Now in verse 6 we all kind of rebel at this one, and since government has been given by God to help us pursue our life of happiness, yet in order for government to protect us, to give us this that we need, what do we have to do?. Well we have to pay some taxes. I don’t believe that we have to pay as much as we are, but, nevertheless, the government does need tax money so they can operate. So that’s what he means in verse 6:
“For for this cause (because of all the things that God intended government to do) pay ye tribute (taxes) also: for they (government) are God’s ministers, attending continually upon this very thing.”
People paid taxes in Christ’s time, and they’ve been doing it ever since, and they’re getting better at it all the time aren’t they? I mean they can tax you to death now, and act like they are doing you a favor, but a certain amount of it is required if we’re going to have a workable government.
“Render therefore to all their dues; tribute to whom tribute is due;… Owe no man any thing, (we can better translate as not defrauding, or taking advantage of anyone. There is certainly nothing wrong with going to the bank, and borrowing money to buy a home for example) but to love one another: for he that loveth another hath (past tense) fulfilled the law.”
Now all it takes to fulfill the Law, is to have love operate in your daily experience. Now then look at Chapter 6 for a moment to see something with your own eyes. Most never realize this complete difference between Law and Grace.
“For sin (or the old Adam) shall not have dominion over you: for ye are not under the law, but under grace.”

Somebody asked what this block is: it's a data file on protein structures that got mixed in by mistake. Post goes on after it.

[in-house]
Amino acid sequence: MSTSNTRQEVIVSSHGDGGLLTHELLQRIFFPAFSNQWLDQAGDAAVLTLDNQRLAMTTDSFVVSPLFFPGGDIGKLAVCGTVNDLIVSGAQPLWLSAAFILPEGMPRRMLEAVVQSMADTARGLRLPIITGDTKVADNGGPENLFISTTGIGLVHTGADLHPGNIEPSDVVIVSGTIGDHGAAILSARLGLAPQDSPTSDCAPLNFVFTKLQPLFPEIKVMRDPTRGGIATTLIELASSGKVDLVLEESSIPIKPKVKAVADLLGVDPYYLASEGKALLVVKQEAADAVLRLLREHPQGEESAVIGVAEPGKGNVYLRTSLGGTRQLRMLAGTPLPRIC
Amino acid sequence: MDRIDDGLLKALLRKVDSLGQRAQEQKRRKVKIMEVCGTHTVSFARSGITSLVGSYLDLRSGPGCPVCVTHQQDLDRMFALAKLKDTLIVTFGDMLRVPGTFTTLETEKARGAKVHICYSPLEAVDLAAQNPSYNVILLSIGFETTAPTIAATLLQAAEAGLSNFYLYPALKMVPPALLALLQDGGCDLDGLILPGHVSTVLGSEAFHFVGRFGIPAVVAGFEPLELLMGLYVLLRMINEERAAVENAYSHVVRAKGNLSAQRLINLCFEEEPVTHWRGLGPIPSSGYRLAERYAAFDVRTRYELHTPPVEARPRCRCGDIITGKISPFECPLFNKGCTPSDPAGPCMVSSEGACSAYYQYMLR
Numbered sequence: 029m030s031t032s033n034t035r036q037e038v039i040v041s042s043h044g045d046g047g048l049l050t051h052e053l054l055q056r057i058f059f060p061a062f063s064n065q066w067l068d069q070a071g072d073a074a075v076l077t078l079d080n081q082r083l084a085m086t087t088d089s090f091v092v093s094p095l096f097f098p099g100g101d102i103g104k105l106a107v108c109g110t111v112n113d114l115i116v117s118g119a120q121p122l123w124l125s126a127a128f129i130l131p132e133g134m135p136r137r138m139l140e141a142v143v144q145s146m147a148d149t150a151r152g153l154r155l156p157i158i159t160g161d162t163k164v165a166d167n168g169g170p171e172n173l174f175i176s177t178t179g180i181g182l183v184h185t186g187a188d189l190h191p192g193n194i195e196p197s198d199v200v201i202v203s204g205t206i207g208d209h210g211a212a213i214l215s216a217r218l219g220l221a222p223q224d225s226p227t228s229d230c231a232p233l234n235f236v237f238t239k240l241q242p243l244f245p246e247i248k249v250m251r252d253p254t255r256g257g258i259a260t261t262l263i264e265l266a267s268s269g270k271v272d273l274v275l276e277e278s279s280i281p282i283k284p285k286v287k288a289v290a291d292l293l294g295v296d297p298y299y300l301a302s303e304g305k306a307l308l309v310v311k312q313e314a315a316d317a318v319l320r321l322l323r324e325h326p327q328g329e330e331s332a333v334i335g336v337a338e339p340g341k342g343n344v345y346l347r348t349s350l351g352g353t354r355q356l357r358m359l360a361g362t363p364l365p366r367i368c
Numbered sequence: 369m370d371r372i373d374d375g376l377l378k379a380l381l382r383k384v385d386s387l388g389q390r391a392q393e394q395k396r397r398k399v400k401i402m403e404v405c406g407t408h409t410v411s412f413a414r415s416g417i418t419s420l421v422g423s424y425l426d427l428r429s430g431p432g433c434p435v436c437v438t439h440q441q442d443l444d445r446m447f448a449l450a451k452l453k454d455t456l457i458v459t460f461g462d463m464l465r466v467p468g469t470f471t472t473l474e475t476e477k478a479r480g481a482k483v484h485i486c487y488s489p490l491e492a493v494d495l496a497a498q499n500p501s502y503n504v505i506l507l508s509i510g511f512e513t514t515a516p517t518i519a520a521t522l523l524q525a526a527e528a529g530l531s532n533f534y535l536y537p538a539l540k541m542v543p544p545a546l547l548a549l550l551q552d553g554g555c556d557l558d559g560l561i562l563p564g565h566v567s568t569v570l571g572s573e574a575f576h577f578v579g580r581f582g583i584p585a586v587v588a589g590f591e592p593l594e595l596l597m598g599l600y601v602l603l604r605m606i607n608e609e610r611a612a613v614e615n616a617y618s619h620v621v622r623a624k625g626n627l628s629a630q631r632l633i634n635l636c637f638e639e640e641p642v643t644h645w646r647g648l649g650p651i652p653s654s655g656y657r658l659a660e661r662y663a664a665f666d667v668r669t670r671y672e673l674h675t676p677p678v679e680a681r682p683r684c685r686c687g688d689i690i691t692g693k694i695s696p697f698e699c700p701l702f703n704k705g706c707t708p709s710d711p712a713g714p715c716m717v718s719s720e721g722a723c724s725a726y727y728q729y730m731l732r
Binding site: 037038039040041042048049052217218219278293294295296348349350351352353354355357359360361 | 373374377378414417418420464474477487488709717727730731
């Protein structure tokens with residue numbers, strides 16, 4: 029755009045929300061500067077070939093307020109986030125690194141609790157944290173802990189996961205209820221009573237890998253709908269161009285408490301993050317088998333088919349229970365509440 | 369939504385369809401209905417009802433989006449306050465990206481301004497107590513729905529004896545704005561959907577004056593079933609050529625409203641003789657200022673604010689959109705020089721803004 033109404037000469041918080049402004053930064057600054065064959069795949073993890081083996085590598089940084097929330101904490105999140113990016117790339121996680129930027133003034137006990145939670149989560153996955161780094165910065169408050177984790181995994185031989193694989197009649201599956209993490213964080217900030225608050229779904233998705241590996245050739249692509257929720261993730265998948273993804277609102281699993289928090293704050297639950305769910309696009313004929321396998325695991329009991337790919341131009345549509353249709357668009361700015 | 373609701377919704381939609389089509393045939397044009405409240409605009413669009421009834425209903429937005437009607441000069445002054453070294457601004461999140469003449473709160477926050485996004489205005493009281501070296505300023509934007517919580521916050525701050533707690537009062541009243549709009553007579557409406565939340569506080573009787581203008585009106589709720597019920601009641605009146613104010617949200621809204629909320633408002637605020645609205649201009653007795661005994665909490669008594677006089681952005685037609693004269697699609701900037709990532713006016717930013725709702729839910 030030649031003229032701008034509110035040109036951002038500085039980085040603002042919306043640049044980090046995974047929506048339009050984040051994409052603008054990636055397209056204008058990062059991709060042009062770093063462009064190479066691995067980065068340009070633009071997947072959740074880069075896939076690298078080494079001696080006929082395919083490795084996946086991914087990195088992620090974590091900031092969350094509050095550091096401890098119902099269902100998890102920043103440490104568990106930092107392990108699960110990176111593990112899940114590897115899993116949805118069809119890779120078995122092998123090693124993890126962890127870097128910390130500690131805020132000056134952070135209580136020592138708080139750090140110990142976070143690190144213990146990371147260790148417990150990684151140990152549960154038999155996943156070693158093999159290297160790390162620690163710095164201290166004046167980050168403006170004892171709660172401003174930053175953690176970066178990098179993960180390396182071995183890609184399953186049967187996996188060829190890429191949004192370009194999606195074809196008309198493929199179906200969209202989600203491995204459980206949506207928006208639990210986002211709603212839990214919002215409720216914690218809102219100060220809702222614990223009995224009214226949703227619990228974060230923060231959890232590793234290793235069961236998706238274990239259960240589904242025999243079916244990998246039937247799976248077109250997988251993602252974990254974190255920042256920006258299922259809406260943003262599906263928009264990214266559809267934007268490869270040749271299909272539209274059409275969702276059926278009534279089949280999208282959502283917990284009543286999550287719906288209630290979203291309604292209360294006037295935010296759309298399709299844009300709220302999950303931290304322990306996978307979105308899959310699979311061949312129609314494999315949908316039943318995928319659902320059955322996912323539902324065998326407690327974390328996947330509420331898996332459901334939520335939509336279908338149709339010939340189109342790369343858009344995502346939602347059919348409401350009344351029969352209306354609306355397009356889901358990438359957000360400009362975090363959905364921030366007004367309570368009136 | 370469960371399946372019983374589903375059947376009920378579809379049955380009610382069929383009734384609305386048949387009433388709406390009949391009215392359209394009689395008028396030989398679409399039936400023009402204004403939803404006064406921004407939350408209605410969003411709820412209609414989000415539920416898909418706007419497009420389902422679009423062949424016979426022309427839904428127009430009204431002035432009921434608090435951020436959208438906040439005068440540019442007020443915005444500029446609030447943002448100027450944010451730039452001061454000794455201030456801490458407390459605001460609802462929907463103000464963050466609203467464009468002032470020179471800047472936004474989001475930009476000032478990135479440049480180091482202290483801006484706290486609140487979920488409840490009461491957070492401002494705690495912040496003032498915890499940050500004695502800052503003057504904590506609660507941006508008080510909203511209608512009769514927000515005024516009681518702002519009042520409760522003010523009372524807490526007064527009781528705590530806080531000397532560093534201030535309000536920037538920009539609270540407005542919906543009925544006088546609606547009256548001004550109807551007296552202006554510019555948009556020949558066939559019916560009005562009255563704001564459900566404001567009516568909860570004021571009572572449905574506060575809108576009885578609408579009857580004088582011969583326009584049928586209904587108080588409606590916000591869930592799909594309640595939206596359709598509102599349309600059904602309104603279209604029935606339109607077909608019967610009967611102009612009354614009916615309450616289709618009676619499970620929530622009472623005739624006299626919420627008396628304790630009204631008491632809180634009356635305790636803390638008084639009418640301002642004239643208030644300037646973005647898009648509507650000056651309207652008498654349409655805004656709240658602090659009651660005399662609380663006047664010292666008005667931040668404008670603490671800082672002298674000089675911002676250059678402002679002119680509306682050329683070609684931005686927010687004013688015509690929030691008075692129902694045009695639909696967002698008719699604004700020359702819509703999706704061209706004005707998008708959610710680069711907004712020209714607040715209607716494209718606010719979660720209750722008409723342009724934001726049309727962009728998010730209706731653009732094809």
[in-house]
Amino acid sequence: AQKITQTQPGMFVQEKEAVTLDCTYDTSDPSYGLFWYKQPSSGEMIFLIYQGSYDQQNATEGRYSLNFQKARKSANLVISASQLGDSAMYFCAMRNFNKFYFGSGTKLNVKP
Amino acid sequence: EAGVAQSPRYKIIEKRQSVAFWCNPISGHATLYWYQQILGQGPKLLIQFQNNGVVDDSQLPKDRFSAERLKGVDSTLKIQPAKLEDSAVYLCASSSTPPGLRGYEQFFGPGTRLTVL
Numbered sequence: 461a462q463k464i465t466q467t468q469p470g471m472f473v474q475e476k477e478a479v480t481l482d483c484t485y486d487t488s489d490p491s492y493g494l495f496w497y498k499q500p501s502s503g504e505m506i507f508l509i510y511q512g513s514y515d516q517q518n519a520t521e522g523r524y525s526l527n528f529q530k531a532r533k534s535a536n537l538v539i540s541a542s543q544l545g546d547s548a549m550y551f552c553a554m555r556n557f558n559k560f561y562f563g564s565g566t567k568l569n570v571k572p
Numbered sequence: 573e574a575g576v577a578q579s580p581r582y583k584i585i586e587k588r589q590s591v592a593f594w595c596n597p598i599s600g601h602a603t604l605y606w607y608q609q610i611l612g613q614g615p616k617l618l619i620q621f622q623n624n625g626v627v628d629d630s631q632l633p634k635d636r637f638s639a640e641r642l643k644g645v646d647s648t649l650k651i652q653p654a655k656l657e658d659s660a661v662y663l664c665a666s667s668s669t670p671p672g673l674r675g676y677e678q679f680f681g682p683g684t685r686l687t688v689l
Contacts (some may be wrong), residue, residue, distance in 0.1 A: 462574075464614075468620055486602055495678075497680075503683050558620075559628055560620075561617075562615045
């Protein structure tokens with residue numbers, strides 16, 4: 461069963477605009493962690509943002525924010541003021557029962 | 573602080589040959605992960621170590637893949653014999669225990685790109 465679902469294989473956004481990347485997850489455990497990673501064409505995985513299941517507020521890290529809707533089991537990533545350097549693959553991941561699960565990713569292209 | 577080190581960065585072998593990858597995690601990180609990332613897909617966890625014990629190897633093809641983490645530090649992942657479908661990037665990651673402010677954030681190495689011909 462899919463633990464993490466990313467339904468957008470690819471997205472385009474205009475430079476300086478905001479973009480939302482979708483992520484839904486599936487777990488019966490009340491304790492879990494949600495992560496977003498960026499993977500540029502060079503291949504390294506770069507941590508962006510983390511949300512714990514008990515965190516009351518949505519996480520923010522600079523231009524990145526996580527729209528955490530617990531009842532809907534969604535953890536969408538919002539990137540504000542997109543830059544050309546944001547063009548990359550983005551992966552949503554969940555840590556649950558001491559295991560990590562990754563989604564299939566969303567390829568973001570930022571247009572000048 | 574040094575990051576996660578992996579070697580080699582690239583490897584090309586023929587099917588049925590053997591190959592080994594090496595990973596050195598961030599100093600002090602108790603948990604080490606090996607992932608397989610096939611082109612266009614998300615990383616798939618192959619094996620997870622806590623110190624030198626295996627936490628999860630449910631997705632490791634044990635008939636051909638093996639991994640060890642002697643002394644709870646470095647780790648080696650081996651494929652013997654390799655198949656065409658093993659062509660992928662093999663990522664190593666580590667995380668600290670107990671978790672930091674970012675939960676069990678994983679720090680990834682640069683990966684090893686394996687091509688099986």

We’re not under the rituals and stipulations of the Law of Israel, we are not under the demands of Israel. That’s all been set aside, and now we’re under Grace, but Grace isn’t a license. That doesn’t mean that we can just do as we please, that we can go ahead and sin as we please, no, that’s not Grace.
“What then? shall we sin, because we are not under the law, but under grace? God forbid.”
Don’t think such a thing, we’re still under God’s providence, but we’re not under His Law as such that if you break it this is what’s going to happen. But God’s mind on sin hasn’t changed. But now we’re under Grace. Now back to Romans 13. Now, since we’re under Grace, love is the dominant force in the life of the believer. Remember, love is the fulfilling of the Law, so when love is operating, look what happens:
“For this, `Thou shalt not commit adultery, Thou shalt not kill, Thou shalt not steal, Thou shalt not bear false witness, Thou shalt not covet; and if there be any other commandment, it is briefly comprehended in this saying, namely, thou shalt love thy neighbour as thyself.'” Now where are those statements coming from? The Ten Commandments, the Law. And when you get into the Book of Ephesians, Paul uses the one concerning children.
“Children, obey your parents in the Lord: for this is right. Honour thy father and mother; which is the first commandment with promise;”
But you see even though Paul repeats nine of those ten commandments, and I think most of you who have heard me teach know which one he doesn’t repeat, and that is the Sabbath. The Sabbath has absolutely nothing to do with the believer today In fact I suppose I should have a whole lesson on that term “Sabbath.” The Sabbath was strictly the seventh day, as a day of rest for the Nation of Israel. It is absolutely incorrect to call our Sunday the Sabbath. The Sabbath was the seventh day, and it was given only to the Nation of Israel, long before the Law, but when the Law came the Sabbath was incorporated into it. So Paul never makes mention of that commandment concerning the Sabbath because we have nothing to do with that. But the other nine are still part and parcel of our Christian experience. Just because we’re a believer we don’t have a right to commit adultery. or to kill, and all these other things. So love is what keeps us in the straight and narrow.
Usually when I teach this I put two lines on the board, and on the one side it’s love for God, the love for the One Who bought us. And on the other line is love for other people, and so that keeps us then within the guidelines of God’s commandments.
“Love worketh no ill to his neighbour: (if you love your neighbor you can’t do him dirty, oh, he may do you some, but if love is operating as much as lieth in us we’ll let God take care of it.) therefore love is the fulfilling of the law.”